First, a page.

That Salehi traveled 6,000 miles to work at Yale reflects decades of U.S. investment in higher education and research. According to Pew Trusts, half of the U.S. Department of Education’s annual budget, $65 billion (excluding loan programs), is devoted to higher education. Other federal agencies such as the departments of Veterans Affairs and of Health and Human Services, along with the National Science Foundation, the National Institutes of Health, NASA and others contribute to the pie.

Private institutions—the universities themselves—invest billions of dollars each year on research projects and infrastructure. The goal is to build and maintain world-class institutions of learning that attract the world’sbrightest minds so they can work together and solve our largest problems.

The motivation is obvious: Science draws on an international economy of brains. The more brains we have, the better; the more diverse those brains, the better. Uniformity is antithetical to science.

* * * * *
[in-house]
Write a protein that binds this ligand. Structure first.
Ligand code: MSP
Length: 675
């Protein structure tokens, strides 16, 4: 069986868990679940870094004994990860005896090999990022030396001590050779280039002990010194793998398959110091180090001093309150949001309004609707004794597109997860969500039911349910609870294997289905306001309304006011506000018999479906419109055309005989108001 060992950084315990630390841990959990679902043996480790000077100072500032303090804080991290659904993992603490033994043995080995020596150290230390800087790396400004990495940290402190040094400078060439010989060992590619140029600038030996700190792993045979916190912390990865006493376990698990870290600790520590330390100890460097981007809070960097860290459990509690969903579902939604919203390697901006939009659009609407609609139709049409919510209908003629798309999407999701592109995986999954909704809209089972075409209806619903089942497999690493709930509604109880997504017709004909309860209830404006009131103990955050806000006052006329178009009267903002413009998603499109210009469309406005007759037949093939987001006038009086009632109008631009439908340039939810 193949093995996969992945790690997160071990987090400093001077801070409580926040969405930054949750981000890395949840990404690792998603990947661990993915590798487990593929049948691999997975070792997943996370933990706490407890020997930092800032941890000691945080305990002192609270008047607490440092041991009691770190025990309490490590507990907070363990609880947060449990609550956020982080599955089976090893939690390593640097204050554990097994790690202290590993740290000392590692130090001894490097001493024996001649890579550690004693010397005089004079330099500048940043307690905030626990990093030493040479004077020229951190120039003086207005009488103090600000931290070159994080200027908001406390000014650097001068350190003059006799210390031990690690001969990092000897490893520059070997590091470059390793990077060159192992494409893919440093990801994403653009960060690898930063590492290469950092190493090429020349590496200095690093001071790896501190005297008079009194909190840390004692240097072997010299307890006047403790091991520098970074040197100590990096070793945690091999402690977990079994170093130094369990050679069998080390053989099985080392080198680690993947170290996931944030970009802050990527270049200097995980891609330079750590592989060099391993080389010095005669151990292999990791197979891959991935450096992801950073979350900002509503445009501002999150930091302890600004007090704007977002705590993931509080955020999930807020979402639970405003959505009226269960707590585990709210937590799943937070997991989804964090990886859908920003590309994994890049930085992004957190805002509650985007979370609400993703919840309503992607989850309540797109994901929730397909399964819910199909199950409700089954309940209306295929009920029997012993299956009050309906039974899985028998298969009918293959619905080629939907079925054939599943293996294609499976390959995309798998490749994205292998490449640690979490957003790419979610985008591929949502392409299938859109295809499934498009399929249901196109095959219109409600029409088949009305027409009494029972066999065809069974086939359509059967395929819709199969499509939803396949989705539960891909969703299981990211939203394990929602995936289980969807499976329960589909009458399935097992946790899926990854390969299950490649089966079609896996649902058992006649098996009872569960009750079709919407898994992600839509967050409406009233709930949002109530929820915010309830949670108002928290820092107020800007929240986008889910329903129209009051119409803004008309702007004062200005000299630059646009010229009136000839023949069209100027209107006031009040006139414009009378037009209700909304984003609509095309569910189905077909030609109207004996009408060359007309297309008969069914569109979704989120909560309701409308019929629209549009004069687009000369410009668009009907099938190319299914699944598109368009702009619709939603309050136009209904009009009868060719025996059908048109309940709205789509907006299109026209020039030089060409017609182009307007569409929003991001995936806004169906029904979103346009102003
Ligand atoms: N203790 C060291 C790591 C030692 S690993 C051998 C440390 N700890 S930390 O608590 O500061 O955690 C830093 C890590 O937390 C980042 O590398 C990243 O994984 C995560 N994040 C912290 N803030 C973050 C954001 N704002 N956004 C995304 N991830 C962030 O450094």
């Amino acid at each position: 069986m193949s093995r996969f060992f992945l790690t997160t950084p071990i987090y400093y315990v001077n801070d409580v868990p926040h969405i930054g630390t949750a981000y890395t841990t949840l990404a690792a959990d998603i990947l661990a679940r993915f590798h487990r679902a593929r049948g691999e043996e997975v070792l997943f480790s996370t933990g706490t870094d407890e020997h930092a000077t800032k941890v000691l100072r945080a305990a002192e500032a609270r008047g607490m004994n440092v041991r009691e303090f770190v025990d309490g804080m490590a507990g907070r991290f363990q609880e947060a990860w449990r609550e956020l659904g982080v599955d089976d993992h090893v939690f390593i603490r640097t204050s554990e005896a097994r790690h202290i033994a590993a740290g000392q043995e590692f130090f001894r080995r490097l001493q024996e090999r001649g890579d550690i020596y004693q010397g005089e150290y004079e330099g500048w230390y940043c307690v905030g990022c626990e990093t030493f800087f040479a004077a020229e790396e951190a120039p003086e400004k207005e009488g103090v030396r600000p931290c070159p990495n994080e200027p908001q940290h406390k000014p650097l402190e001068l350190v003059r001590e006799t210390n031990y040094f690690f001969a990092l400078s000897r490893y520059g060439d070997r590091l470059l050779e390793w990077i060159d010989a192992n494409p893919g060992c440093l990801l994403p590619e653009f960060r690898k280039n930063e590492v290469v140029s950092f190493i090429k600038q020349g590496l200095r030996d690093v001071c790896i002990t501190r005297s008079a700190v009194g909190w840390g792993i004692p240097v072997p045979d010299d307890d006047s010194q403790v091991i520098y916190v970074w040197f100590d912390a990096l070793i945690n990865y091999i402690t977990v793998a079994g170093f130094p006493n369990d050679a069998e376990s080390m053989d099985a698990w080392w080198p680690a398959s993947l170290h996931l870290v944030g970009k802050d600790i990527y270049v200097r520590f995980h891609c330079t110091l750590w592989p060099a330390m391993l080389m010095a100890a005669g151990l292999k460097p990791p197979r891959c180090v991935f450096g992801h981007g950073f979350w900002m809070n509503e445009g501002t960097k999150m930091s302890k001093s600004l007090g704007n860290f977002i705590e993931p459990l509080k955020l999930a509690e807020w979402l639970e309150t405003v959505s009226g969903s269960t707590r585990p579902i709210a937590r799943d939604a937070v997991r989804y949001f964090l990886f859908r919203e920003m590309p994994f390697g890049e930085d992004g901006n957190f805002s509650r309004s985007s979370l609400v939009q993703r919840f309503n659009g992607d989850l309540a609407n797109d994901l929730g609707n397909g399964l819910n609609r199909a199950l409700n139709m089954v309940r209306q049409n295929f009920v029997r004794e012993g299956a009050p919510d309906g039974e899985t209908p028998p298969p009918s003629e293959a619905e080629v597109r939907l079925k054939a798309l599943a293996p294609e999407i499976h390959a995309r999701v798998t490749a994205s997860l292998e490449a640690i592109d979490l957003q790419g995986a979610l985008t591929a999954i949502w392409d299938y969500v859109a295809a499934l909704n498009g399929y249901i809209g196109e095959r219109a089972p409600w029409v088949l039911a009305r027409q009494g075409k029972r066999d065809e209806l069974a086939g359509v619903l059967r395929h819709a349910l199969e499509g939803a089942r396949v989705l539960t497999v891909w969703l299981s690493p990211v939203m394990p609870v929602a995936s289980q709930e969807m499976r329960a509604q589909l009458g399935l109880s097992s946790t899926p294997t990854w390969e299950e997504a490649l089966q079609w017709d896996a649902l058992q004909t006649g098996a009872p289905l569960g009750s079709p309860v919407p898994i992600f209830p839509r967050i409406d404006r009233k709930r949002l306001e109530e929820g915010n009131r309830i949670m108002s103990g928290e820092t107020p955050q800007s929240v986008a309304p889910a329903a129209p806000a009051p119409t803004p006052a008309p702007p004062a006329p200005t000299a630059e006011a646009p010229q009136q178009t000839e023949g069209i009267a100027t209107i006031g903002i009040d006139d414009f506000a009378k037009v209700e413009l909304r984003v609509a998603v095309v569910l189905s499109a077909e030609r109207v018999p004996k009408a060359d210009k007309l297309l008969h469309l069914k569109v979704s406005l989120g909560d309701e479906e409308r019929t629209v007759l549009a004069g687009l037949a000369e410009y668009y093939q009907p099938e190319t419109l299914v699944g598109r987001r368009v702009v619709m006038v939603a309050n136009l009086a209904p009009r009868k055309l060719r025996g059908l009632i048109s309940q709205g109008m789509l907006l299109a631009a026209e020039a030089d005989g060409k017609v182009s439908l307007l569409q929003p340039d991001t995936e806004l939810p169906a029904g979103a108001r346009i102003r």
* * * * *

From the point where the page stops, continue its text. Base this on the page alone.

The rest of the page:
After Trump’s first failed travel ban, my wife and I invited Salehi over for tea—as much a sign of solidarity as us seizing the perhaps vanishing moment to learn her story. I’d seen Salehi proselytize the virtues of machine learning; how she actively slows her thoughts to keep pace with her tongue. But I didn’t know her story. Over tea, she told us she hails from a comfortable Tehran apartment, the daughter of a telecommunications engineer and a high school math teacher—both college educated.